Recognising the success of the Dublinbikes scheme, the Programme for Government commits my Department to seek to extend the scheme to other cities and integrate the scheme more effectively with public transport links. The National Transport Authority has, at my request, had an initial analysis of the potential for similar bikes schemes in the regional cities carried out. My Department and the NTA are currently considering the findings of that analysis including how to address key issues identified such as the changed commercial environment to that pertaining when the Dublinbikes scheme was negotiated and different characteristics of scheme provision in smaller cities. What is clear is that the way the scheme is funded in Dublin cannot be easily replicated in other cities so we do need to think outside the box a little bit.

I am committed to exploring a range of mechanisms to seek to secure public bike schemes in other cities and to that end I have arranged symposiums in Cork, Waterford, Limerick and Galway with the National Transport Authority and the City Councils to inform and involve key business and civic stakeholders, to consider the various issues involved and to provide a defined channel via my office or the National Transport Authority, which any interested parties can avail of to discuss engagement with the scheme publicly or in commercial confidence. The symposiums are taking place this week and next and any decisions regarding whether procurement of any further public bike scheme or schemes should take place on a national or individual city basis will need to await the outcome of those consultations.

Many more cyclists have taken to the streets and are learning the benefits and experiencing the safety of cycling following the introduction by Dublin City Council of the Dublinbikes Scheme. It has been hailed internationally as a great success and we will continue to examine ways it can be rolled out to other cities.

Public Transport

Caoimhghín Ó Caoláin

Ceist:

30 Deputy Caoimhghín Ó Caoláin asked the Minister for Transport, Tourism and Sport his plans to expand the real-time information displays for Dublin Bus services throughout the city. [33438/11]

Pearse Doherty

Ceist:

47 Deputy Pearse Doherty asked the Minister for Transport, Tourism and Sport his plans to ensure that a free official smartphone application for the most common operating systems is available with real-time information on all public transport options. [33437/11]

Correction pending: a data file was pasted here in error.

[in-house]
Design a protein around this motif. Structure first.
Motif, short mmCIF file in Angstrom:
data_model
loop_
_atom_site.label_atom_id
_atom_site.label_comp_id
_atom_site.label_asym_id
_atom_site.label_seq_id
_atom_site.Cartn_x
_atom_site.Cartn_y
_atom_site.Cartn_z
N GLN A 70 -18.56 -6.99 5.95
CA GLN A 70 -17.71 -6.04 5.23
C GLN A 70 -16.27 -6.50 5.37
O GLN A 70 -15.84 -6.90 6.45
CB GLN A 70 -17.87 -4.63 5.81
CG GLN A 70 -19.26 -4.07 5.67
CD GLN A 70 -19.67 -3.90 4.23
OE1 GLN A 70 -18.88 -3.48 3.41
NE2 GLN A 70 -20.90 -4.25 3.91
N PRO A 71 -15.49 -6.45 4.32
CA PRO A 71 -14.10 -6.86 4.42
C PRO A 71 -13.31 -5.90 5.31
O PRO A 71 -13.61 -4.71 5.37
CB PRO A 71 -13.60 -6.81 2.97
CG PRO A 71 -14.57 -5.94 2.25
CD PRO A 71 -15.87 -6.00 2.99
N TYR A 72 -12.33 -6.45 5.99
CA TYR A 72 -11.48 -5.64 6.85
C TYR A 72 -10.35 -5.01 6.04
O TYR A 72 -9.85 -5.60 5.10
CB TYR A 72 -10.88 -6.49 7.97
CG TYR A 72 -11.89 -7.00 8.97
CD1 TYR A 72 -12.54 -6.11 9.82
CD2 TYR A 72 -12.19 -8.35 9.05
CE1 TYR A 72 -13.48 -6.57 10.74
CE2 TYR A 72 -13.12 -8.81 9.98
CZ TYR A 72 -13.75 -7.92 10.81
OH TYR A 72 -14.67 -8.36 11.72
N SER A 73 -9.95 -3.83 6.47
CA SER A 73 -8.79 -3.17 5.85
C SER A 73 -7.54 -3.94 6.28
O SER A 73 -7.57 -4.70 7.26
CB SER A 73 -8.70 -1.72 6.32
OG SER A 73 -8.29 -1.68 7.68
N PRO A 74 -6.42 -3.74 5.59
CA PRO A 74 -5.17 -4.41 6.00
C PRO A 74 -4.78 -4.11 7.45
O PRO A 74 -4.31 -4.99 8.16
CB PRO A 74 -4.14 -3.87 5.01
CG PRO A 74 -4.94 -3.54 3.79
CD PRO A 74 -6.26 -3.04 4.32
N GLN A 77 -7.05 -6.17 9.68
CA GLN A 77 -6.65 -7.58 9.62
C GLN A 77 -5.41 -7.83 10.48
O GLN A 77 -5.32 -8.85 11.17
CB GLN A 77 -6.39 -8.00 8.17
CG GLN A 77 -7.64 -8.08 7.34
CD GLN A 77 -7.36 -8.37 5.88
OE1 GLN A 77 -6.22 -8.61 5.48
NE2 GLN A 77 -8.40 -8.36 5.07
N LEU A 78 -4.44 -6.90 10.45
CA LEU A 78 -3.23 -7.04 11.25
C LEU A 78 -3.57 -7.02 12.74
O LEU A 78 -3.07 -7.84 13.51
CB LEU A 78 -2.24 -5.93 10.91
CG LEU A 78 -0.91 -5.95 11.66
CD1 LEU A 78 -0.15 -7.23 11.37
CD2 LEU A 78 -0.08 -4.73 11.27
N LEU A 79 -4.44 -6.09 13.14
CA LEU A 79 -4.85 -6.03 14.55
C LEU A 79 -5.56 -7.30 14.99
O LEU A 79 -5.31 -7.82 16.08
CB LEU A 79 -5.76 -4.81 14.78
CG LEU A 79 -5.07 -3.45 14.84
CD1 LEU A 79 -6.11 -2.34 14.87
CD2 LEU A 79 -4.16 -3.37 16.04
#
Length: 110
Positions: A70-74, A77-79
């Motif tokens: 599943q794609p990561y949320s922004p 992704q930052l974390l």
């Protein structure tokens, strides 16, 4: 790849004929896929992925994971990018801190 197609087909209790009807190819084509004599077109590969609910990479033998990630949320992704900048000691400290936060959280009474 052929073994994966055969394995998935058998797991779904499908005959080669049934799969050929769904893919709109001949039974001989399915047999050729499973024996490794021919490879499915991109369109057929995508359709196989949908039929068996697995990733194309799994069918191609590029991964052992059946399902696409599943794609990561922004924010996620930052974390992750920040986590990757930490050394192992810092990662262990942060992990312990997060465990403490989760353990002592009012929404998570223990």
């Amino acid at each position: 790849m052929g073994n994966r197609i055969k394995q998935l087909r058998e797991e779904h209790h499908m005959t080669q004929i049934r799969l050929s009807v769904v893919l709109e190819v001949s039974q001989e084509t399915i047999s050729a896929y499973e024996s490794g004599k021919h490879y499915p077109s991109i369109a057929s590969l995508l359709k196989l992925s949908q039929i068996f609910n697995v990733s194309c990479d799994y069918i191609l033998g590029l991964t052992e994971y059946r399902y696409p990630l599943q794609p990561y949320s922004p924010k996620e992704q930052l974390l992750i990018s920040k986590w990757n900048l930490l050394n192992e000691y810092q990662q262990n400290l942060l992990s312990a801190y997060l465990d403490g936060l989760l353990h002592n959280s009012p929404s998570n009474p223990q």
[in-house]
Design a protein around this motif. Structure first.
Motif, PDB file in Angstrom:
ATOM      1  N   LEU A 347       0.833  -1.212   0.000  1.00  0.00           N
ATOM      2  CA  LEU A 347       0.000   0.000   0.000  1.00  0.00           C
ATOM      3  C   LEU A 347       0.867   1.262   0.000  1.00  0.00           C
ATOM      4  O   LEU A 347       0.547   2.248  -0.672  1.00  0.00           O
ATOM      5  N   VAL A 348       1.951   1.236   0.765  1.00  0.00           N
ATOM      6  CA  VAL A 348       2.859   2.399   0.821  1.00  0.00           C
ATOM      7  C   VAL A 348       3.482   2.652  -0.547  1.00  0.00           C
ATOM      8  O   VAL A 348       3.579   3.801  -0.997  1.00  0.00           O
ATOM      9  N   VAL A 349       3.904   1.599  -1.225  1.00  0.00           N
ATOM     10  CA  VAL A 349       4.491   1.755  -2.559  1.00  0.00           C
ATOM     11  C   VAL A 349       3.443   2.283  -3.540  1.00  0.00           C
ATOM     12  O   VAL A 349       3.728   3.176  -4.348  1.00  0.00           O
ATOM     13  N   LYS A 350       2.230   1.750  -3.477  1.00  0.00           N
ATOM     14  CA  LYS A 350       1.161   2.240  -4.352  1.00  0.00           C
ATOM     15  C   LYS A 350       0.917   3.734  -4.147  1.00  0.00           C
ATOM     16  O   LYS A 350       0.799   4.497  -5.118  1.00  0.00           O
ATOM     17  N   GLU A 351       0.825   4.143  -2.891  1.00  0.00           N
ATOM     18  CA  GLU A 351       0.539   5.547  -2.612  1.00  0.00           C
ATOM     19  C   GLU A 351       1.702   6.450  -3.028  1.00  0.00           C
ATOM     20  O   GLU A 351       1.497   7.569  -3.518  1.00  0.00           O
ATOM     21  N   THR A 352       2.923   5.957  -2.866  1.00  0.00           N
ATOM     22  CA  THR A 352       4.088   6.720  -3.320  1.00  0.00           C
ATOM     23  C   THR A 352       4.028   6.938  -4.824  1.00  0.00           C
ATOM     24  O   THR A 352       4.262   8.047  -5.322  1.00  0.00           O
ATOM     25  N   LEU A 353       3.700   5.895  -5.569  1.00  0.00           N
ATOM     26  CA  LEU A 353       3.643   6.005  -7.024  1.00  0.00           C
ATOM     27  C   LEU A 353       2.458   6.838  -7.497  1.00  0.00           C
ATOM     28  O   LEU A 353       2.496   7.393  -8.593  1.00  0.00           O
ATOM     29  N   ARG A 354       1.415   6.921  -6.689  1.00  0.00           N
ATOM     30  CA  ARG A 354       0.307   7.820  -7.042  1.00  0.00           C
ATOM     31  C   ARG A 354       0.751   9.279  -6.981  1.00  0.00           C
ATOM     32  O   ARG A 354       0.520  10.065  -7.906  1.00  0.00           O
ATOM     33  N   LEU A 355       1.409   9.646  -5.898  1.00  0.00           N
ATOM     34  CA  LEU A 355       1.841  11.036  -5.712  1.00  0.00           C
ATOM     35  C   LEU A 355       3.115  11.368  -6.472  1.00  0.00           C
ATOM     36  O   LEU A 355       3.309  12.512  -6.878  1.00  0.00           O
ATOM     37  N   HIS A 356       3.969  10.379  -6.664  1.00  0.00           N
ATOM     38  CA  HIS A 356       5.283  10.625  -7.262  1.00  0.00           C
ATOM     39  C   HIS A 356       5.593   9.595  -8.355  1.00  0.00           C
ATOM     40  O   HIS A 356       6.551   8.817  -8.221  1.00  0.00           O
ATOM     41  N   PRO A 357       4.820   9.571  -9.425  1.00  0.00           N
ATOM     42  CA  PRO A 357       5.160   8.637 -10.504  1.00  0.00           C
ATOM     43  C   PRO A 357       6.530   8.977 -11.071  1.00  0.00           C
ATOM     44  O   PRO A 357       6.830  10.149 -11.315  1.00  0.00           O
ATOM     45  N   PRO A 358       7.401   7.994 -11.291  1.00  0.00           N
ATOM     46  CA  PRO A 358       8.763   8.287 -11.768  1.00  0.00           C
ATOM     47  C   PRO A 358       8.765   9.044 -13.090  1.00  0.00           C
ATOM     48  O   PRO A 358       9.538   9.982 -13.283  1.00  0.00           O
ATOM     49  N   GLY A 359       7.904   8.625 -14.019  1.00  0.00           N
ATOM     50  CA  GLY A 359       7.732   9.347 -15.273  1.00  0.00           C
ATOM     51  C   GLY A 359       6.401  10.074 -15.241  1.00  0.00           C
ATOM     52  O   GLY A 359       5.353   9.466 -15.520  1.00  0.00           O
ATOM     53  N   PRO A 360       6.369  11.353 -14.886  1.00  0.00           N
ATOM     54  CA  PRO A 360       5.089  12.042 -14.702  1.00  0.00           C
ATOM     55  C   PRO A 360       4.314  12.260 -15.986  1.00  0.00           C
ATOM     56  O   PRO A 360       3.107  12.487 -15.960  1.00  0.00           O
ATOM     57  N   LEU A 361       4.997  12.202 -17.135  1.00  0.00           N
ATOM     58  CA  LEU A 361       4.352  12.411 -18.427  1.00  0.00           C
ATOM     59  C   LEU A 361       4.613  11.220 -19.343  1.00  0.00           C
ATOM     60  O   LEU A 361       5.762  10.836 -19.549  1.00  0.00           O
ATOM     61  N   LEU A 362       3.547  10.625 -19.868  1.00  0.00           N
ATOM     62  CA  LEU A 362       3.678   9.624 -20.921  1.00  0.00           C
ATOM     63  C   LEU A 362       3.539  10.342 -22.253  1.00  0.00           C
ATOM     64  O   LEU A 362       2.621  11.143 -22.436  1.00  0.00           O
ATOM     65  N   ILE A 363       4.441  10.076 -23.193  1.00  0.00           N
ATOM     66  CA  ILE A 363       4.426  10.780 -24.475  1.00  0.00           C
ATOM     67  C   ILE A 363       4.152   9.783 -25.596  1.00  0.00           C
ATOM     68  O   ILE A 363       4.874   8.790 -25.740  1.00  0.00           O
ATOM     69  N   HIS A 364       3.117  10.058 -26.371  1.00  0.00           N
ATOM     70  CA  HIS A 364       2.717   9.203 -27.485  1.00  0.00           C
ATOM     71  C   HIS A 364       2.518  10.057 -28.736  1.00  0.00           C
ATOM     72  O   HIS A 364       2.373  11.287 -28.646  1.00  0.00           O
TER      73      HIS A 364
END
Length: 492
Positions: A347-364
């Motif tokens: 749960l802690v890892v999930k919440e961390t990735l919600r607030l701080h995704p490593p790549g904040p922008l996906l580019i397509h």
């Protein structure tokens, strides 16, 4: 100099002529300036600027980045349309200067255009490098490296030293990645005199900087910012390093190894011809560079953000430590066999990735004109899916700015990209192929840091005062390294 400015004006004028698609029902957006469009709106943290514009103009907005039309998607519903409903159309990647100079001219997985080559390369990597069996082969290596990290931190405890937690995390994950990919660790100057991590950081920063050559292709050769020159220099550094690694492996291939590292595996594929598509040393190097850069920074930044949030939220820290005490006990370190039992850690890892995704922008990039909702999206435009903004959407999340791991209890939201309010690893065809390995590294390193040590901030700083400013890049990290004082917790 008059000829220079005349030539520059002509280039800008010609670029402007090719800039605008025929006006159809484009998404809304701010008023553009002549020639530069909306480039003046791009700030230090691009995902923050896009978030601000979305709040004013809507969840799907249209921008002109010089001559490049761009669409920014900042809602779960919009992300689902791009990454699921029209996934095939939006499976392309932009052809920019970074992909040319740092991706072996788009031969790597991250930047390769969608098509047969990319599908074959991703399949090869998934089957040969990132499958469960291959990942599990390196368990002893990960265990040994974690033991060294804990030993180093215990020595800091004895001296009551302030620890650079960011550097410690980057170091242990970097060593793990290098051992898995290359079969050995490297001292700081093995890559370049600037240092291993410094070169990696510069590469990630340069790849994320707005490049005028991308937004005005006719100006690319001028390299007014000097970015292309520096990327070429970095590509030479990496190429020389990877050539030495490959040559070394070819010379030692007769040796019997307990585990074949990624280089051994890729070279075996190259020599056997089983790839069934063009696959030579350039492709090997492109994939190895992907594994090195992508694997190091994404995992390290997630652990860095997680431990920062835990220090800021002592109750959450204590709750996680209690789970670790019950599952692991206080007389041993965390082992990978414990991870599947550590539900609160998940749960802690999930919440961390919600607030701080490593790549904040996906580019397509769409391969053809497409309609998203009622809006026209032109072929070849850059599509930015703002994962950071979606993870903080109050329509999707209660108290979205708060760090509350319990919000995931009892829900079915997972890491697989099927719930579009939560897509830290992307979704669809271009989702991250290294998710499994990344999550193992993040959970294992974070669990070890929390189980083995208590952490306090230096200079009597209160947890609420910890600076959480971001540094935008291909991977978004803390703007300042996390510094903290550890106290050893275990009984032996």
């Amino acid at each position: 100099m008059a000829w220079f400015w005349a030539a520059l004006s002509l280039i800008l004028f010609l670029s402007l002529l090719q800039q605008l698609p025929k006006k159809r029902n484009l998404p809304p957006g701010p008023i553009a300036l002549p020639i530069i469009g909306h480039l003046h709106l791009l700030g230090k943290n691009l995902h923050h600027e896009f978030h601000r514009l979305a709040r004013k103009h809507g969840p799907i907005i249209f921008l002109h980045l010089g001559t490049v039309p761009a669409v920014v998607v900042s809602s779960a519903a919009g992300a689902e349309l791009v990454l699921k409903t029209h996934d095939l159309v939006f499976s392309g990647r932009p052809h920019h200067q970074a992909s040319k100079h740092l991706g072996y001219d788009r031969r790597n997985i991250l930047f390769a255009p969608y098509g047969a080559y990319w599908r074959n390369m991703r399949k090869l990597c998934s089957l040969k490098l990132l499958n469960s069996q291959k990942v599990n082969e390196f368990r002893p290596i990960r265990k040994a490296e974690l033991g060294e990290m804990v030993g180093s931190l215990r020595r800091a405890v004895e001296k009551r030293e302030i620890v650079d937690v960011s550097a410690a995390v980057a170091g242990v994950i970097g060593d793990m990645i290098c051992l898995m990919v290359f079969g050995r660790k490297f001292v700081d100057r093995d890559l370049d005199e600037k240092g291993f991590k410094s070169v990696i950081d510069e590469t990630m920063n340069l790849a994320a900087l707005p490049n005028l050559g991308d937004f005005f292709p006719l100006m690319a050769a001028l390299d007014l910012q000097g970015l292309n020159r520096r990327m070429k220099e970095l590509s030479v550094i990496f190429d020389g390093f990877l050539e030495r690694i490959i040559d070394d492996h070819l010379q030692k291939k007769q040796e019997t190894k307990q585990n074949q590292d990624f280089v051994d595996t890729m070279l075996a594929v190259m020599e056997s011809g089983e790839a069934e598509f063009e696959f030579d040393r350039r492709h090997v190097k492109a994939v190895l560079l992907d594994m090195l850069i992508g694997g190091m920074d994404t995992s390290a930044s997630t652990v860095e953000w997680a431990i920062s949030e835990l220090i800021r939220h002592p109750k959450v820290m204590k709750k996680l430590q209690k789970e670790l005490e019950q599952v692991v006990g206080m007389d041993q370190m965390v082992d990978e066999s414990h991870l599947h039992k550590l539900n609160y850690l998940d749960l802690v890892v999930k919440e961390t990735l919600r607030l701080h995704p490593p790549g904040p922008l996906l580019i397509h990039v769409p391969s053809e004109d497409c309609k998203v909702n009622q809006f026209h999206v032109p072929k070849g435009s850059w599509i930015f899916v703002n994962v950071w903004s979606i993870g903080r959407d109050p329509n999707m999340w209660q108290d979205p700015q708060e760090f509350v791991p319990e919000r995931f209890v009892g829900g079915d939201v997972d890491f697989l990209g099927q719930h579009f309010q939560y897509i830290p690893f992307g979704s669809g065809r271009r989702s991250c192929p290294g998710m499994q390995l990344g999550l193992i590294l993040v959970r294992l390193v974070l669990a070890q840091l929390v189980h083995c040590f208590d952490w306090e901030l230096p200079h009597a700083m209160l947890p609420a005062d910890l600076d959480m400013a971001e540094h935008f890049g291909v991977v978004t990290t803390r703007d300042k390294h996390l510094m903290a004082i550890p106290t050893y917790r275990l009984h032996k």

I propose to take Questions Nos. 30 and 47 together.

Following the establishment of the National Transport Authority (NTA) on 1 December 2009, the implementation of infrastructure projects in the Greater Dublin Area (GDA), such as the Real Time Passenger Information (RTPI), now comes under the remit of the NTA.

I have been informed by the Authority, however, that the first phase of RTPI on the web encompasses all 5000 Dublin Bus stops. This information is taken from the Dublin Bus automatic vehicle location system and it is currently available on TransportforIreland.ie and dublinbus.ie/rtpi. The same information also feeds the current free Dublin Bus iPhone App with the app being available on android at the end of the month. RTPI for Bus Éireann will be available in early 2012 and information for other bus and rail transport operators will follow once their data is available in a reliable and standard format. The Transport for Ireland website will therefore continue to develop, and to offer integrated real time information on a multi-city, multi-operator, bilingual basis. The NTA will also develop an official free TransportforIreland iPhone and Android app based on this multi-operator information. With regard to the expansion of RTPI, currently 300 signs have been installed in the GDA and a further 200 are being deployed. It is not feasible to have an RTPI sign at every bus stop. However the real-time information for all 5000 Dublin Bus stops is available on the web, via the Dublin Bus iPhone app and the text service. The level of usage of these channels of information will feed into a review of any proposed expansion of the RTPI on-street signs programme.

Sport and Recreational Development

Pádraig Mac Lochlainn

Ceist:

31 Deputy Pádraig Mac Lochlainn asked the Minister for Transport, Tourism and Sport the role he sees for sport in the promotion of the national image; how he intends to ensure this is realised; and if he will make a statement on the matter. [33406/11]

Sport undoubtedly showcases Ireland around the world and we have a proud tradition in the international sporting arena where we consistently punch above our weight. Tourism Ireland is continuing to capitalise on the excellent publicity overseas surrounding Ireland's top golfers. The recent Home of Champions campaign is helping to promote golfing holidays on the back of the recent major wins by Irish golfers.